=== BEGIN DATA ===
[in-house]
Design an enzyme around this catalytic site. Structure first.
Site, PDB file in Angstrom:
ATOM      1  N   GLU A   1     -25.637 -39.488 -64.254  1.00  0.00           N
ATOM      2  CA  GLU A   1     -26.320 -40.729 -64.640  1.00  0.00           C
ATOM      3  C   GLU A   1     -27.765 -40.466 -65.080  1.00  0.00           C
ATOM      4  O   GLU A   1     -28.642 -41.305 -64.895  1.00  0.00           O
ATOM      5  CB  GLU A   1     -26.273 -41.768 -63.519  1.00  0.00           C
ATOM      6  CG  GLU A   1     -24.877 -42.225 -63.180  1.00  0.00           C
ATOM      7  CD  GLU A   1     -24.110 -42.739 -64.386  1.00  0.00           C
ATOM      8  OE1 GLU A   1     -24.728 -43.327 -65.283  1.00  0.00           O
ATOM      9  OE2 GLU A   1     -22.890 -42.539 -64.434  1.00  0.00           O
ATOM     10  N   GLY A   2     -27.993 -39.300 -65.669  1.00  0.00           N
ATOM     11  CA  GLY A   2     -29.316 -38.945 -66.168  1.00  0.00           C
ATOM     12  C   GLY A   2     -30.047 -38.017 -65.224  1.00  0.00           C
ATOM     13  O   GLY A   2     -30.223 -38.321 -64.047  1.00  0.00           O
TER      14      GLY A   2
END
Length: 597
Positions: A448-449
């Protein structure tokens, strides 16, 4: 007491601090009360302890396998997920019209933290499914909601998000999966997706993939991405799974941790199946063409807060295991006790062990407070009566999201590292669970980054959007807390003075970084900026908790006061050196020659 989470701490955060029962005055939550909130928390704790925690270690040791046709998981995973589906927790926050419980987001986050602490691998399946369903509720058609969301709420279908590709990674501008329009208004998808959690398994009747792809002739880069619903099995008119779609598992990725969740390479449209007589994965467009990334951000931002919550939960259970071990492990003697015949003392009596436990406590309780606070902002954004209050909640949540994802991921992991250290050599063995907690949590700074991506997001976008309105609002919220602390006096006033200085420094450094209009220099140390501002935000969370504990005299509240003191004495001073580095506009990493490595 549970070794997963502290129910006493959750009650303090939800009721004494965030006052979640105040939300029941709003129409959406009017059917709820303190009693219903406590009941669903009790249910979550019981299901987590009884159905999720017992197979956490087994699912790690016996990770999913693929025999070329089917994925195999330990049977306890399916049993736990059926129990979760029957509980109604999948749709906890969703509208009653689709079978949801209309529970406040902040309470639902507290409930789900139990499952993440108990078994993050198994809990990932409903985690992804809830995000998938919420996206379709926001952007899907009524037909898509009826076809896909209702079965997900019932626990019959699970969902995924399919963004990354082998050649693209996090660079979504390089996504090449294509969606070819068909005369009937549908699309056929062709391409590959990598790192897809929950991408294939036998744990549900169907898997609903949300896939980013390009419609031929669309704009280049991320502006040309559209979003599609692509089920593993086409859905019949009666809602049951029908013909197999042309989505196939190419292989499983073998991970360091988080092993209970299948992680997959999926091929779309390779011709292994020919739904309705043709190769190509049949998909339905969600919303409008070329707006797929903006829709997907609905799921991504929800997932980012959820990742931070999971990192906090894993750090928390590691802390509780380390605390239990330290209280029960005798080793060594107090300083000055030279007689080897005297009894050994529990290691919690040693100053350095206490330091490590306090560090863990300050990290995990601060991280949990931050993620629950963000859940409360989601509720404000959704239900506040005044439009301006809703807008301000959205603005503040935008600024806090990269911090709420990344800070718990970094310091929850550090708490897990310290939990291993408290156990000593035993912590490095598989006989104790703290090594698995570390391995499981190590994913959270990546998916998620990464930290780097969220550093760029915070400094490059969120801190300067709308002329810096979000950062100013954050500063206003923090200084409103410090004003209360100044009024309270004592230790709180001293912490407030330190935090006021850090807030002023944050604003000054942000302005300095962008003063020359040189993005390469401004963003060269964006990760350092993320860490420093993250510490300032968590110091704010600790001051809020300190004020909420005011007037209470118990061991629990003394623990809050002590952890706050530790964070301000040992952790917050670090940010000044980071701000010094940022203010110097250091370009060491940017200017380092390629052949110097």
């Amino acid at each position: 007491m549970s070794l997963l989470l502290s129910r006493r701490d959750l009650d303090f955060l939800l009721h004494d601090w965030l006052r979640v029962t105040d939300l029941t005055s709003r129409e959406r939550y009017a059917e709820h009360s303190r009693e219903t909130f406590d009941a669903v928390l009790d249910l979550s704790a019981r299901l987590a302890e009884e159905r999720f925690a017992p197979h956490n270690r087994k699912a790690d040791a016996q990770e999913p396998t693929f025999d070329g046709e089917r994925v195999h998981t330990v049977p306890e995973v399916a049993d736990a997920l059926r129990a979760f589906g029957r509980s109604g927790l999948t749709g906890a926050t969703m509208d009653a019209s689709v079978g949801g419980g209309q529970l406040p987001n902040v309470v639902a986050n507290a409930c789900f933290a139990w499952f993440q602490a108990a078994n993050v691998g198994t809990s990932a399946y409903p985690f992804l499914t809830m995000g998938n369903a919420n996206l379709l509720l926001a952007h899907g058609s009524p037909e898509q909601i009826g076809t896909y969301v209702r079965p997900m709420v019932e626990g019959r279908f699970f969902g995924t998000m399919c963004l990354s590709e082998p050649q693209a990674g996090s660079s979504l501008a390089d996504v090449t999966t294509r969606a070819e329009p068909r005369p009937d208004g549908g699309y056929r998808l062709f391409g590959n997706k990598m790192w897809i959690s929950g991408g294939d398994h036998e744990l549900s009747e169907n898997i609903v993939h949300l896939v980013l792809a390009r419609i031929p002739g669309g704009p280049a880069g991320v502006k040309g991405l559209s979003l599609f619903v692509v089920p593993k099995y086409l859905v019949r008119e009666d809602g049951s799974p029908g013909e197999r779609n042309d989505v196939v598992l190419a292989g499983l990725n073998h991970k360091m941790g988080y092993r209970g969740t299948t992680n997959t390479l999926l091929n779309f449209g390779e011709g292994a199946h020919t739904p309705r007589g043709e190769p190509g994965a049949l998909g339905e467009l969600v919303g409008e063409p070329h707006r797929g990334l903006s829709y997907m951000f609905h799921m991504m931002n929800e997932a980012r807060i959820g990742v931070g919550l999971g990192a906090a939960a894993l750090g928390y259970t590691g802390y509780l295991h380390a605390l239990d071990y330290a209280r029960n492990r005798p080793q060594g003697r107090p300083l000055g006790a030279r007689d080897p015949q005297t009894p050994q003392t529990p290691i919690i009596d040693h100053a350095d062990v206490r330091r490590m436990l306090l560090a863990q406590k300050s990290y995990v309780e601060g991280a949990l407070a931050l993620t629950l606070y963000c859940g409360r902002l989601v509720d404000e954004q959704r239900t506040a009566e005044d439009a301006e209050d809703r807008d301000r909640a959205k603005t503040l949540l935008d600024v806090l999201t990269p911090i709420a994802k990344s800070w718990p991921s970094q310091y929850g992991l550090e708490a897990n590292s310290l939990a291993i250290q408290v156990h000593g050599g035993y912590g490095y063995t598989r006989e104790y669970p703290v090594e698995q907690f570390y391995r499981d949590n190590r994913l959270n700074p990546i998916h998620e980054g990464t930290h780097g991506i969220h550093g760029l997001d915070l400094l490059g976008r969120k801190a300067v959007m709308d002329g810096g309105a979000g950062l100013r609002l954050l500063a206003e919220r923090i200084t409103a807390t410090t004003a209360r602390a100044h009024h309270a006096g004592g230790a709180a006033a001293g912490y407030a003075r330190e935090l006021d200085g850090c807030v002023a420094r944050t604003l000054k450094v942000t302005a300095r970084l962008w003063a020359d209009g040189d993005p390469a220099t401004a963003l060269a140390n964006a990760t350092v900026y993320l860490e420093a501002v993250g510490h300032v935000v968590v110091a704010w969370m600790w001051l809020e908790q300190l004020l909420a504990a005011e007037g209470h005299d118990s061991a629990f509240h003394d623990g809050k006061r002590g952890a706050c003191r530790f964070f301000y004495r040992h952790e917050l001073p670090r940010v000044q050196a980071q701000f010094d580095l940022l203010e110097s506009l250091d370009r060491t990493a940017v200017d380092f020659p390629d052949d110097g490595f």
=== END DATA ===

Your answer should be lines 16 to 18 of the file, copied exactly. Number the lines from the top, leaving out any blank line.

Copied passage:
ATOM     13  O   GLY A   2     -30.223 -38.321 -64.047  1.00  0.00           O
TER      14      GLY A   2
END